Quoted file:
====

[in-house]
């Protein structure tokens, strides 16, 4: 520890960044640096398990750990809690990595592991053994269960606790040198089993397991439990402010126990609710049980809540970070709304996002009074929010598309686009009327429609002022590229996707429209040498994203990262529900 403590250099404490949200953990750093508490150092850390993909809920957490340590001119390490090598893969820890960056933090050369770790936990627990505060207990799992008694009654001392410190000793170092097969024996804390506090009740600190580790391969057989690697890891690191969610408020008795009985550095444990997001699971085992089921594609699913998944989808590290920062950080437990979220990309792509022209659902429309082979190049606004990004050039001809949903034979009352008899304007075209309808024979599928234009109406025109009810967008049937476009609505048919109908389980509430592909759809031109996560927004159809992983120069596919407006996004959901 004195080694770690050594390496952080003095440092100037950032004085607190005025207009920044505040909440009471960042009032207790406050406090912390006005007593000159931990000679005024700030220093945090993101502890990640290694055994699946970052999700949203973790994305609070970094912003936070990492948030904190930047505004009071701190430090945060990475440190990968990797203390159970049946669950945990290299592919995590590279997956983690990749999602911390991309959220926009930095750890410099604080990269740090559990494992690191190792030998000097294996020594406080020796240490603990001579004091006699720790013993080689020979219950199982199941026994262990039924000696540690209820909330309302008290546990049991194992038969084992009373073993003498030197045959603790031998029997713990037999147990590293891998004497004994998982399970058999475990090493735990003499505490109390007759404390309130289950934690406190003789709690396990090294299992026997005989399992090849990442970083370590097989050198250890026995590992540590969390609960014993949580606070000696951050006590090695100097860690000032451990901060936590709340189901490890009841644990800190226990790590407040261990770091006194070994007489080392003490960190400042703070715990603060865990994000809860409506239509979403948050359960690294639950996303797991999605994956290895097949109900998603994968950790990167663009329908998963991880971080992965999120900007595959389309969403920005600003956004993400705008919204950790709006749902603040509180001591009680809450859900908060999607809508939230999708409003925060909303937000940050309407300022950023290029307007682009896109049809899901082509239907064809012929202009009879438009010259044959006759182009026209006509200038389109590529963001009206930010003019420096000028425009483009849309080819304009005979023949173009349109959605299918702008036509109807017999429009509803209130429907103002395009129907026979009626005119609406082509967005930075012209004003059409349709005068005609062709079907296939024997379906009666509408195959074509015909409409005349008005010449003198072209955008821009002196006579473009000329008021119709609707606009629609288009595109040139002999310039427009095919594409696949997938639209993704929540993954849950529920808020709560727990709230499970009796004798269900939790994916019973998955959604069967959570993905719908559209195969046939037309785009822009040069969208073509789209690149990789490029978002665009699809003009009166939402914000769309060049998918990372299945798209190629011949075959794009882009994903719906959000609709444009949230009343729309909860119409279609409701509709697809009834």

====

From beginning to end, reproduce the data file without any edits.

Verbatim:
[in-house]
């Protein structure tokens, strides 16, 4: 520890960044640096398990750990809690990595592991053994269960606790040198089993397991439990402010126990609710049980809540970070709304996002009074929010598309686009009327429609002022590229996707429209040498994203990262529900 403590250099404490949200953990750093508490150092850390993909809920957490340590001119390490090598893969820890960056933090050369770790936990627990505060207990799992008694009654001392410190000793170092097969024996804390506090009740600190580790391969057989690697890891690191969610408020008795009985550095444990997001699971085992089921594609699913998944989808590290920062950080437990979220990309792509022209659902429309082979190049606004990004050039001809949903034979009352008899304007075209309808024979599928234009109406025109009810967008049937476009609505048919109908389980509430592909759809031109996560927004159809992983120069596919407006996004959901 004195080694770690050594390496952080003095440092100037950032004085607190005025207009920044505040909440009471960042009032207790406050406090912390006005007593000159931990000679005024700030220093945090993101502890990640290694055994699946970052999700949203973790994305609070970094912003936070990492948030904190930047505004009071701190430090945060990475440190990968990797203390159970049946669950945990290299592919995590590279997956983690990749999602911390991309959220926009930095750890410099604080990269740090559990494992690191190792030998000097294996020594406080020796240490603990001579004091006699720790013993080689020979219950199982199941026994262990039924000696540690209820909330309302008290546990049991194992038969084992009373073993003498030197045959603790031998029997713990037999147990590293891998004497004994998982399970058999475990090493735990003499505490109390007759404390309130289950934690406190003789709690396990090294299992026997005989399992090849990442970083370590097989050198250890026995590992540590969390609960014993949580606070000696951050006590090695100097860690000032451990901060936590709340189901490890009841644990800190226990790590407040261990770091006194070994007489080392003490960190400042703070715990603060865990994000809860409506239509979403948050359960690294639950996303797991999605994956290895097949109900998603994968950790990167663009329908998963991880971080992965999120900007595959389309969403920005600003956004993400705008919204950790709006749902603040509180001591009680809450859900908060999607809508939230999708409003925060909303937000940050309407300022950023290029307007682009896109049809899901082509239907064809012929202009009879438009010259044959006759182009026209006509200038389109590529963001009206930010003019420096000028425009483009849309080819304009005979023949173009349109959605299918702008036509109807017999429009509803209130429907103002395009129907026979009626005119609406082509967005930075012209004003059409349709005068005609062709079907296939024997379906009666509408195959074509015909409409005349008005010449003198072209955008821009002196006579473009000329008021119709609707606009629609288009595109040139002999310039427009095919594409696949997938639209993704929540993954849950529920808020709560727990709230499970009796004798269900939790994916019973998955959604069967959570993905719908559209195969046939037309785009822009040069969208073509789209690149990789490029978002665009699809003009009166939402914000769309060049998918990372299945798209190629011949075959794009882009994903719906959000609709444009949230009343729309909860119409279609409701509709697809009834």